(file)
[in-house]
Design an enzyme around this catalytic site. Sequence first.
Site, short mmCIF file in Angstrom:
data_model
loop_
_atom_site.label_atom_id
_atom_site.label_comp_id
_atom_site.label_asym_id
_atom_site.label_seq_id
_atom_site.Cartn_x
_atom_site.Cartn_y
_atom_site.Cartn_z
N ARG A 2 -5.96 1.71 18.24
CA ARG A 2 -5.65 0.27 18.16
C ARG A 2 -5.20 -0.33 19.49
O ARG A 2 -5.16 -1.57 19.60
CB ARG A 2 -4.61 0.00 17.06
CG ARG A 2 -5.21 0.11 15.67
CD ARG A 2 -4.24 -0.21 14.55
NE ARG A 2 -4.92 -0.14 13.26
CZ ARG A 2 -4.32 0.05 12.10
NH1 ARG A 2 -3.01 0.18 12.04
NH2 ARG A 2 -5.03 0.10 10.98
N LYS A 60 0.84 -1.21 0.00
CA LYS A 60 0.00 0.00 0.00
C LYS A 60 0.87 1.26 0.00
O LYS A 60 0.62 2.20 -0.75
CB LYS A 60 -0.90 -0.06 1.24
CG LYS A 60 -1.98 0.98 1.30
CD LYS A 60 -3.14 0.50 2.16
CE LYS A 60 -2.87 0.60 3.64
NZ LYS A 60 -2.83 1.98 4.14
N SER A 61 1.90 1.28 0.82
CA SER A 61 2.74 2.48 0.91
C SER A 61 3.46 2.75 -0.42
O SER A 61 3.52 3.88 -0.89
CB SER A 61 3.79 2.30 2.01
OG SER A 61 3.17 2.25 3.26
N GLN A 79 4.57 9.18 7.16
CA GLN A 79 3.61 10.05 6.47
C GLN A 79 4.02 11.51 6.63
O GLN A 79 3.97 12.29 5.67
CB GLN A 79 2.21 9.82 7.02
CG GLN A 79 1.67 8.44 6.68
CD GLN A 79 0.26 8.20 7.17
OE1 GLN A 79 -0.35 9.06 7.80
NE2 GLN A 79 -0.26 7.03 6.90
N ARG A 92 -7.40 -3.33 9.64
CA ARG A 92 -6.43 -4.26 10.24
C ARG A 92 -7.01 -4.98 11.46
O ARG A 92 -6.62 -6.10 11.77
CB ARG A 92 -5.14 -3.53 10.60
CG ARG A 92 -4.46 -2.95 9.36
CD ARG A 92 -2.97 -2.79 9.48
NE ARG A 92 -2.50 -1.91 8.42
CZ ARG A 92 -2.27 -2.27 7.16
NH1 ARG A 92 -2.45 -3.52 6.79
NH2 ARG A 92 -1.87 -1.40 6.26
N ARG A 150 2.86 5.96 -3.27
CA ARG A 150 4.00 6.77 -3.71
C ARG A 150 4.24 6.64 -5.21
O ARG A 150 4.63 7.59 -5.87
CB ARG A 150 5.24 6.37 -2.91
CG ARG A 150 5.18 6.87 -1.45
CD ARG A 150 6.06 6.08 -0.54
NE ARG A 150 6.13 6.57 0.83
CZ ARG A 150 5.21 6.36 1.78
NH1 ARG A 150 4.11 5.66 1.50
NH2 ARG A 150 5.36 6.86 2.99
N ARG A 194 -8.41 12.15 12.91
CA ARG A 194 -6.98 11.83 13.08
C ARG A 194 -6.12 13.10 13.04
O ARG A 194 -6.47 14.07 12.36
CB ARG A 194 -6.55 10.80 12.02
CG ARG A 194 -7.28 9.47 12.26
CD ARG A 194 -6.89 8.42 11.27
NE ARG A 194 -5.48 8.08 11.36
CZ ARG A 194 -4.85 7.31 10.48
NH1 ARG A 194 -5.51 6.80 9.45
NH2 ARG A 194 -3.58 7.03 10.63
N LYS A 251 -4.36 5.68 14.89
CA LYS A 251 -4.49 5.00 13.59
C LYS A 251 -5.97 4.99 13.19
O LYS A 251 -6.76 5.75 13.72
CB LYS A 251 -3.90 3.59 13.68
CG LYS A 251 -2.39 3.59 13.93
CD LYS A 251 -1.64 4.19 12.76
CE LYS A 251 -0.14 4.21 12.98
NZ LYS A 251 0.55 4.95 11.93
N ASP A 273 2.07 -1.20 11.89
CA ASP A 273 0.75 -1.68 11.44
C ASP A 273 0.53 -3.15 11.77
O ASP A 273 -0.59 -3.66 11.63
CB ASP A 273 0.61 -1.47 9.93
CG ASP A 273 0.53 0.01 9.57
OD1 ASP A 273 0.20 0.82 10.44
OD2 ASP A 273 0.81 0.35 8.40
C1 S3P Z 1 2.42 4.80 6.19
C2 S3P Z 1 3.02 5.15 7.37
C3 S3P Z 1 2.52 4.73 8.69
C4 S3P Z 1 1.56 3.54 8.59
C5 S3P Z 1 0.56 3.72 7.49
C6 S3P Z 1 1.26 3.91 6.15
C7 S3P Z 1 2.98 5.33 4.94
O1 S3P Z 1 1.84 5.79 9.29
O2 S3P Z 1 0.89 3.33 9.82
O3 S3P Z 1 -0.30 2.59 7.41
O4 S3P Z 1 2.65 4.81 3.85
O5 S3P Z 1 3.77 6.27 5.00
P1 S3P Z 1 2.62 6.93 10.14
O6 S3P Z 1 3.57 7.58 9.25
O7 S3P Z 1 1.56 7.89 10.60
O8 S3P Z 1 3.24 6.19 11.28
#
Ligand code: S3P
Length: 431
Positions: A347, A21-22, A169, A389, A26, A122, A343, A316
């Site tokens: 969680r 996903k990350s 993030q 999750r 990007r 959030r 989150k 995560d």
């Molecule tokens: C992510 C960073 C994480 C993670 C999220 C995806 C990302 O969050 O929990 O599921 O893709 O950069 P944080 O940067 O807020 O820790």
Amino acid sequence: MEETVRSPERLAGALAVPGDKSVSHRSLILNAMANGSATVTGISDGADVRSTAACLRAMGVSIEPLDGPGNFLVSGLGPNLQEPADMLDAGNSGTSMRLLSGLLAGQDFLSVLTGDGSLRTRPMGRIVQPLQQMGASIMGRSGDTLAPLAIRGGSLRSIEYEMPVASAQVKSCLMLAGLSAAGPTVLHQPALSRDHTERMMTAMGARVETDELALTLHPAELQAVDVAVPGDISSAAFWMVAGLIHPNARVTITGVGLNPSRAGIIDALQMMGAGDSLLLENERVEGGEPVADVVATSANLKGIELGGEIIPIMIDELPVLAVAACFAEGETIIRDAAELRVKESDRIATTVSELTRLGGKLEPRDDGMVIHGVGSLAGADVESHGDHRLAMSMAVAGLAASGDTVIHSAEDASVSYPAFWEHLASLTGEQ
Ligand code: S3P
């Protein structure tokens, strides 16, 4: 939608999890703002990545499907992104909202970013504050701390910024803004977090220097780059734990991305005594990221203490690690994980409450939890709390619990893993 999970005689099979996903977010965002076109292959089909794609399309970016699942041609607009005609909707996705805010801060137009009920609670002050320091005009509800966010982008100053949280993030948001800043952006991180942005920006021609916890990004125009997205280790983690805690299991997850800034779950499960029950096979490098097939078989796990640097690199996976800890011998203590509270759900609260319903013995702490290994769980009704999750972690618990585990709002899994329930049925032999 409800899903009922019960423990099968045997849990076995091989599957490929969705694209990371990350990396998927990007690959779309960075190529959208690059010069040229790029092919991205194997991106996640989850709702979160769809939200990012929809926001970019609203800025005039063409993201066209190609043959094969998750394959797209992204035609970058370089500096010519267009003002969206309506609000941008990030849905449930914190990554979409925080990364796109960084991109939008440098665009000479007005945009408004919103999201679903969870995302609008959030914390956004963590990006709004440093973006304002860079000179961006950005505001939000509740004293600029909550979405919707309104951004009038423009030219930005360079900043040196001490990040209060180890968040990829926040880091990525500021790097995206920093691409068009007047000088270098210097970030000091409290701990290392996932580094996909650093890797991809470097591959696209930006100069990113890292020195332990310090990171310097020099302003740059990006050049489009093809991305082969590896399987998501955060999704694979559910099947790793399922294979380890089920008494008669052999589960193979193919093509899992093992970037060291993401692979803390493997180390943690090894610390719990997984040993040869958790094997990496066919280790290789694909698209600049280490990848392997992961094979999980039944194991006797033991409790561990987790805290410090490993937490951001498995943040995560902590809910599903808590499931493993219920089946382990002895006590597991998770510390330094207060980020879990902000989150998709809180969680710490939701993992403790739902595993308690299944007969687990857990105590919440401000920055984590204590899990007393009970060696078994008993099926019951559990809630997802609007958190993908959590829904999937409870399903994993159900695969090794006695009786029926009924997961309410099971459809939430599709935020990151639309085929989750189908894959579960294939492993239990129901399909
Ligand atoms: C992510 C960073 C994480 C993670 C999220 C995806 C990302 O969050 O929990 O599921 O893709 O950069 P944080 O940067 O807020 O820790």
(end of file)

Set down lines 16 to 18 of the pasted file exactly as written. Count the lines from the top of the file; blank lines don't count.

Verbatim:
O ARG A 2 -5.16 -1.57 19.60
CB ARG A 2 -4.61 0.00 17.06
CG ARG A 2 -5.21 0.11 15.67